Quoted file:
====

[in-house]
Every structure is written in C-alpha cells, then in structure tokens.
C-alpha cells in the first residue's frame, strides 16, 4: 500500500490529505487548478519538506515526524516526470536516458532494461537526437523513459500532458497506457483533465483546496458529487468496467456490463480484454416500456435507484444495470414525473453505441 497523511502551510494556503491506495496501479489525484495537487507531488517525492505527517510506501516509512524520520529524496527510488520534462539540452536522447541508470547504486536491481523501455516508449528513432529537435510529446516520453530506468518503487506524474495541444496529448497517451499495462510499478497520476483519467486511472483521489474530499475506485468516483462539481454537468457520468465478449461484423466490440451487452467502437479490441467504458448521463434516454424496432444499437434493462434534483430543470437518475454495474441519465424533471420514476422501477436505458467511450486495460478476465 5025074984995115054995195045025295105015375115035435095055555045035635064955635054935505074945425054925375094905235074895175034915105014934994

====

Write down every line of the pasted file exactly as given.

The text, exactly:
[in-house]
Every structure is written in C-alpha cells, then in structure tokens.
C-alpha cells in the first residue's frame, strides 16, 4: 500500500490529505487548478519538506515526524516526470536516458532494461537526437523513459500532458497506457483533465483546496458529487468496467456490463480484454416500456435507484444495470414525473453505441 497523511502551510494556503491506495496501479489525484495537487507531488517525492505527517510506501516509512524520520529524496527510488520534462539540452536522447541508470547504486536491481523501455516508449528513432529537435510529446516520453530506468518503487506524474495541444496529448497517451499495462510499478497520476483519467486511472483521489474530499475506485468516483462539481454537468457520468465478449461484423466490440451487452467502437479490441467504458448521463434516454424496432444499437434493462434534483430543470437518475454495474441519465424533471420514476422501477436505458467511450486495460478476465 5025074984995115054995195045025295105015375115035435095055555045035635064955635054935505074945425054925375094905235074895175034915105014934994